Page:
Jenny Pearce

Acupressure point for relaxing your horse – pain relief too

Mandy & Peppi endorphin releaseHelp your horse to relax in crappy situations

Helping our horse to relax for the vet or the dentist or to relax them even through the pain of a colic attack is a wonderful thing to be able to do. See the Keys to Success below the video for a tip that will help you to relax in an emergency too! 🙂

I am smiling watching the video below, a year or so later.  Rapunzel is not relaxed but she does have the edge off her. She is much calmer even though she knows that I have an another injection in my pocket.

One of my reasons for doing these videos and blogs is to help spread around our non-force approach to horses that uses the connection to their heart, mind and spirit instead.  If you haven’t seen our FREE introductory lesson program The 9 Keys to Happiness with Your Horse yet, then grab them here. 🙂

 

 

Keys to success in relaxing your horse with this acupressure point:

1.  Ideally, start the relaxation point before the vet or dentist arrives.  In fact, practice it today so that you already know what you’re doing before you need it – see how fast you can help your horse relax with their head down.

2.  If there’s an emergency, put a pencil or pen or stick between your OWN teeth – it pulls your mouth up into a fake smile, which works on the same point, releasing YOUR OWN endorphins, YOUR OWN feel good hormones – which will help you to calm down too.  Try it now while you’re reading this – grab a pen and hold it between your teeth (sideways, we don’t want an accident!), bite a little and feel the changes that will start happening to your body – you can’t help but feel better!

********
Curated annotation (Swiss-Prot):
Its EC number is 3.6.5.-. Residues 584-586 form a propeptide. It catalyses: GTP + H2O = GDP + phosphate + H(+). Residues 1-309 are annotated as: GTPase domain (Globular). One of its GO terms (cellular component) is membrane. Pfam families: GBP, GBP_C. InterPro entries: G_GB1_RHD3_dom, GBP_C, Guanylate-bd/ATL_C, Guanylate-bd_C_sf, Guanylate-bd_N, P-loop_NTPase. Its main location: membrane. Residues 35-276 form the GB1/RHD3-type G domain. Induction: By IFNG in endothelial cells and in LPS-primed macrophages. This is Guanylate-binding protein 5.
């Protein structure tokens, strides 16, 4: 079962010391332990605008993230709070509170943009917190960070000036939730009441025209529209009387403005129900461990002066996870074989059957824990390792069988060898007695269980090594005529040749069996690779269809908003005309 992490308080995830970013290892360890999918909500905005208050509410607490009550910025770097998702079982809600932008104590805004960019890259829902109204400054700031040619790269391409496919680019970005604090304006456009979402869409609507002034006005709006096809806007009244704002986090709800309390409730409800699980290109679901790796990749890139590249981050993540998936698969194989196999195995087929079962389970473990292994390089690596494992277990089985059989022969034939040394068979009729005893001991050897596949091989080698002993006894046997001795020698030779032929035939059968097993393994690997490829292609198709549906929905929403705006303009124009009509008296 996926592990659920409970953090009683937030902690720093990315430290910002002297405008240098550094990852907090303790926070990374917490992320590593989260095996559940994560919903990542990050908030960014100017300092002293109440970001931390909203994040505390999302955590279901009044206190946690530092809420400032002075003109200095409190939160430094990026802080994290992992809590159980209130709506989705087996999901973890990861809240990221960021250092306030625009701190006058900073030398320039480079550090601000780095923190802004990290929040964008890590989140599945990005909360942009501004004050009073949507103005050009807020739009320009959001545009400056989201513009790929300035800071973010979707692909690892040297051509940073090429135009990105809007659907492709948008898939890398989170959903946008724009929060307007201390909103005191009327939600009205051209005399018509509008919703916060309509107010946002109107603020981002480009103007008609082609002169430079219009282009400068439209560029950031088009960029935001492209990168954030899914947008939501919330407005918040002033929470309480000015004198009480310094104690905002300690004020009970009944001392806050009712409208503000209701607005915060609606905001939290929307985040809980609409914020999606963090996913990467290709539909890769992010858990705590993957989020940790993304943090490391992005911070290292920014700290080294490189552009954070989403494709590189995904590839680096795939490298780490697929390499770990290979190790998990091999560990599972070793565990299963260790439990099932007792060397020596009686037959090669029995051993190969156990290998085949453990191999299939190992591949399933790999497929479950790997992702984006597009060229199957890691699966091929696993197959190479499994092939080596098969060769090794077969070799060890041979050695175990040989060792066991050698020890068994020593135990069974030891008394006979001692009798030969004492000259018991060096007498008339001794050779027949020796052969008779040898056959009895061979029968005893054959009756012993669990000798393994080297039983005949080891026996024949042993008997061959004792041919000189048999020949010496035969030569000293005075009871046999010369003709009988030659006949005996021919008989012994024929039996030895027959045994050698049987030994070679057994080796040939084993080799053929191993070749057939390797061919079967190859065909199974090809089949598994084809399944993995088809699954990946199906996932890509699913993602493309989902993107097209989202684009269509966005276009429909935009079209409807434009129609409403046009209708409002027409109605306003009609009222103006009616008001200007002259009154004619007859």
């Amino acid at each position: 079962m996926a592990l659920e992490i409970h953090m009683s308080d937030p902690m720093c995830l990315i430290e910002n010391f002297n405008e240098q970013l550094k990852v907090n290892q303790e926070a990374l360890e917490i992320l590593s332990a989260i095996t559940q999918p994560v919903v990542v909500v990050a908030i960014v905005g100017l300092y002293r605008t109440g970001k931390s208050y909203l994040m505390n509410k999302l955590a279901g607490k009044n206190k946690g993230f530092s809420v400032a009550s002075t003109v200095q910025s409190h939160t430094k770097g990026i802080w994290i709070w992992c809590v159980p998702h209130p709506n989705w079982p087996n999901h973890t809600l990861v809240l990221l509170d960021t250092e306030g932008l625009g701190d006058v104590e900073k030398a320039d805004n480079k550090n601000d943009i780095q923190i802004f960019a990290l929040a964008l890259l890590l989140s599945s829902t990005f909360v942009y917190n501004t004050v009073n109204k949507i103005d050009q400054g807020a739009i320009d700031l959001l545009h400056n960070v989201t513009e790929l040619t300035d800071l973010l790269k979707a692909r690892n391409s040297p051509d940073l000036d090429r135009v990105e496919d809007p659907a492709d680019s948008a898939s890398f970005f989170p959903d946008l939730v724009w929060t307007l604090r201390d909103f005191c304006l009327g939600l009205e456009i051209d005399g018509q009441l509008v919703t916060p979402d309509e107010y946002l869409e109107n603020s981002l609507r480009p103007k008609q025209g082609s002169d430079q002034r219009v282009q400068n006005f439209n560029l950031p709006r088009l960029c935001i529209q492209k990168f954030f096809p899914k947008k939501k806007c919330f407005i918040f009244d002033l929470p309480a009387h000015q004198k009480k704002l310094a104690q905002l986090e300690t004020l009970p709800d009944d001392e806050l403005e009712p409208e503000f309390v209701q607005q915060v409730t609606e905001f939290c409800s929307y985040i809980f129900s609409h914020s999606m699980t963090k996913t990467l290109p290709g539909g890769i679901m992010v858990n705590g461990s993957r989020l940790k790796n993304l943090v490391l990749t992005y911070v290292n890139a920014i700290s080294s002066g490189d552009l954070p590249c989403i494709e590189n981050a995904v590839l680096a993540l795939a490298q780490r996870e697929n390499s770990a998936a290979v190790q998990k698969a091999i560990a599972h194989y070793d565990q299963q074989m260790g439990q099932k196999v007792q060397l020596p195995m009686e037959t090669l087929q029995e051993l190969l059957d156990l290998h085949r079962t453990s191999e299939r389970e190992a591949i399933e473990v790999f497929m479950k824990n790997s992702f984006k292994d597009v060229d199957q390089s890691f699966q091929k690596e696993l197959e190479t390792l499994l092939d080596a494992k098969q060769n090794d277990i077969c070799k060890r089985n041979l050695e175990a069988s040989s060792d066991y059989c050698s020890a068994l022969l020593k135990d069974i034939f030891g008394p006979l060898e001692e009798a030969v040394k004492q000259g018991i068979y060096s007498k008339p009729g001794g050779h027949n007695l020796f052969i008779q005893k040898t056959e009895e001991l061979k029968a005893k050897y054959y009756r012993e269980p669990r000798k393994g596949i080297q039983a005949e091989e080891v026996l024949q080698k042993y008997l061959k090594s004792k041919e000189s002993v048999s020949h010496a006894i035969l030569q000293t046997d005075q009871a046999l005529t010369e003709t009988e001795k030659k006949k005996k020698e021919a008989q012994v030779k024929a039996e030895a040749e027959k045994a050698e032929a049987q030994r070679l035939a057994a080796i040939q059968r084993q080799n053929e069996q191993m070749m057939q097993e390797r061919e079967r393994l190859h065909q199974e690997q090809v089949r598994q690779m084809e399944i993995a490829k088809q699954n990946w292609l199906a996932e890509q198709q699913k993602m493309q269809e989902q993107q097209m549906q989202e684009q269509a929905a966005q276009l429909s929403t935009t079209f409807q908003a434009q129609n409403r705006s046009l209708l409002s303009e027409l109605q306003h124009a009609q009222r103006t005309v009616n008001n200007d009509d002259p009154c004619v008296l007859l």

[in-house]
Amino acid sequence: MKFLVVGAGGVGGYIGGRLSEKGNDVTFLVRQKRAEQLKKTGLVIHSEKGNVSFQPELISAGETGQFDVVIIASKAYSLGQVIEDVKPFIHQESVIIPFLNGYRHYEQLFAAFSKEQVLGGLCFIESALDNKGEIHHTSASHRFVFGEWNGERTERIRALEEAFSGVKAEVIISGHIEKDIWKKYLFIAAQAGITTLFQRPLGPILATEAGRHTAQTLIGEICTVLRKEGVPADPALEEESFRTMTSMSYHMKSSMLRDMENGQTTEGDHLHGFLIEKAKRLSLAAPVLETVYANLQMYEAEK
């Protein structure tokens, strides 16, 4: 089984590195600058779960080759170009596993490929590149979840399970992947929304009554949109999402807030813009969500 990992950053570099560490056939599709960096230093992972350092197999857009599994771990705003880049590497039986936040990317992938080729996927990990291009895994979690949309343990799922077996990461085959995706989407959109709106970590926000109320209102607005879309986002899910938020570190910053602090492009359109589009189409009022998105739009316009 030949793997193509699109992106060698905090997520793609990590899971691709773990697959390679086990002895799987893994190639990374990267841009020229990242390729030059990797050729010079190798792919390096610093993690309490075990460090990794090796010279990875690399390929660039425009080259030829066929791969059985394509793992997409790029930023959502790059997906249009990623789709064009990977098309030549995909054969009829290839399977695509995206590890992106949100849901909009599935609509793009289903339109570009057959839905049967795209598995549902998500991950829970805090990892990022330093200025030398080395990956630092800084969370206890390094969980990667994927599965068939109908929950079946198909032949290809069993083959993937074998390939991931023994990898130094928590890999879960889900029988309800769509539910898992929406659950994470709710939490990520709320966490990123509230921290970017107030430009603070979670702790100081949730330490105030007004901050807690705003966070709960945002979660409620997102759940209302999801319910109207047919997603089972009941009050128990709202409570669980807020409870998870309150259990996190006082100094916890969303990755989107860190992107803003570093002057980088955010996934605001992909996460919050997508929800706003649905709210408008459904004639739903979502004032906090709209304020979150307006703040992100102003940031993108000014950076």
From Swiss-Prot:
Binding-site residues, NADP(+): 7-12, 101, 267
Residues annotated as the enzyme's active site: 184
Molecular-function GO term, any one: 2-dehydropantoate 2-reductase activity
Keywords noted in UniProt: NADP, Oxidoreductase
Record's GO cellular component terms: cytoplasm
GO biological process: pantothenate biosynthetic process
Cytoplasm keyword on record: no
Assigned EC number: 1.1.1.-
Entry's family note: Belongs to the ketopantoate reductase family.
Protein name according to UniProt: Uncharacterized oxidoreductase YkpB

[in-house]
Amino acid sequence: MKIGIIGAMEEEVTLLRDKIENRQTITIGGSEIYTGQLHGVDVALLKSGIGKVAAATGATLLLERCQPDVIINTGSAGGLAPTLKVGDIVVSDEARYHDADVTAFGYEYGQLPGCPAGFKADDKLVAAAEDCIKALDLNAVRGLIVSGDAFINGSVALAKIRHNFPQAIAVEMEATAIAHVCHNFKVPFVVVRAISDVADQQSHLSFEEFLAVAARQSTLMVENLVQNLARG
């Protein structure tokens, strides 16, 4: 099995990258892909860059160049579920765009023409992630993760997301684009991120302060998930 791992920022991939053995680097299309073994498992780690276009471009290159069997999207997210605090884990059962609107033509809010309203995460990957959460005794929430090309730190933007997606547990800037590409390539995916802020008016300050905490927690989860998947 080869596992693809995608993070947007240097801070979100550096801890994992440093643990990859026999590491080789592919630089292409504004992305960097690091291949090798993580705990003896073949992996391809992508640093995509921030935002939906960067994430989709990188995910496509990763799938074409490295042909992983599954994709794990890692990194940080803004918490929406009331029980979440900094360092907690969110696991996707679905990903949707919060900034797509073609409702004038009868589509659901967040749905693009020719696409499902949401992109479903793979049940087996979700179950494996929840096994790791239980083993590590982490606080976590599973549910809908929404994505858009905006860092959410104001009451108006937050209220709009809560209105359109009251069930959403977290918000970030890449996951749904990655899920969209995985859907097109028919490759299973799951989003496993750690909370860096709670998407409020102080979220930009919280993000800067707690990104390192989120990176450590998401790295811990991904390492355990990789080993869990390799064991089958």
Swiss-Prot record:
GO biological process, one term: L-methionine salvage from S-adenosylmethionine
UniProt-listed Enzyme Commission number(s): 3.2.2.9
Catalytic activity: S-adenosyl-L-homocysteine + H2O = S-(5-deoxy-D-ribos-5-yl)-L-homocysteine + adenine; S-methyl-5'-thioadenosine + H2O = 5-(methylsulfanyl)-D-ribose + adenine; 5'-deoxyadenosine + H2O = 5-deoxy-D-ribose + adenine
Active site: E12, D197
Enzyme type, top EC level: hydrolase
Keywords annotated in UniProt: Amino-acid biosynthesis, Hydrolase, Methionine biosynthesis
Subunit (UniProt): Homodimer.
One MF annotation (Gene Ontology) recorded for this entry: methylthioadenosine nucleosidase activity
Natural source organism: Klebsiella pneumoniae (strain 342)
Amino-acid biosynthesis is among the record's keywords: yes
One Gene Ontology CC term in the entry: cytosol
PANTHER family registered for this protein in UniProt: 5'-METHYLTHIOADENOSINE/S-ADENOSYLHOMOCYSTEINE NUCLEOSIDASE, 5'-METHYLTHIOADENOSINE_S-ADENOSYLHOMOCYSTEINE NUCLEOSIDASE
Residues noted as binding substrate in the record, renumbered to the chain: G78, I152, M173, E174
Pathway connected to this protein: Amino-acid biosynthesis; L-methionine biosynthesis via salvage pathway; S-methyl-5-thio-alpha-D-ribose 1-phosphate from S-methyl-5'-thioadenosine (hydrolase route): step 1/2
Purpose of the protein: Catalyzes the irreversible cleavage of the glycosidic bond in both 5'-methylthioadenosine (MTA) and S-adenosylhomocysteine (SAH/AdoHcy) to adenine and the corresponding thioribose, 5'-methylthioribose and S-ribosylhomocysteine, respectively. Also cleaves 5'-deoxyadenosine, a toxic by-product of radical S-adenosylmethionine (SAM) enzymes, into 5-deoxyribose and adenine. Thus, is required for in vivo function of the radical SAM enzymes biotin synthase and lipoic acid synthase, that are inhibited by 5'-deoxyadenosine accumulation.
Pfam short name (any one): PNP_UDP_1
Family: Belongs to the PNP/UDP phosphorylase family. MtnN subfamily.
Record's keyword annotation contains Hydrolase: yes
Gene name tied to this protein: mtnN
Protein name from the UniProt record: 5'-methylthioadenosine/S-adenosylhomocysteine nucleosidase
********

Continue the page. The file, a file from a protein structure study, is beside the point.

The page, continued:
3.  Use two fingers or your thumb for the pressure point.

4.  You can work from the inside of the horse’s mouth, where you know you are in exactly the right place where the lip meets the gum in exactly the centre line of their head – or if your horse isn’t completely comfortable with a hand in their mouth, then work from the outside like you saw in the video, in a circular motion to cover more area and make sure that you hit the right spot.

5.  Start the pressure lightly and increase a little when you feel that’s OK.

6.  When the horse’s head is up, they tend to run adrenaline and when their head is down they tend to run endorphins more easily, so very gently keep asking your horse to drop their head.  DO NOT force their head down, that will bring the adrenaline up and give you an uptight, upset horse.  You’ll see in the video the tiny squeezes of my fingers on the lead rope as I encourage her to bring her head down.

7.  The biggest Key to Success in anything we do with our horse is knowing how we experience our connection with them and using that connection deliberately to help them and us.  You’ll get the start of that conscious connection in our free introductory program The 9 Keys to Happiness with Your Horse.

If your horse ever needs an injection

If your horse ever needs an injection, then ask the vet to warm up the contents of the syringe to blood temperature before they give it – it makes SUCH a big difference and doesn’t hurt the way a cold injection hurts.   See this video on the subject of giving a good needle and re-training a needle shy horse.

 

 

 


 

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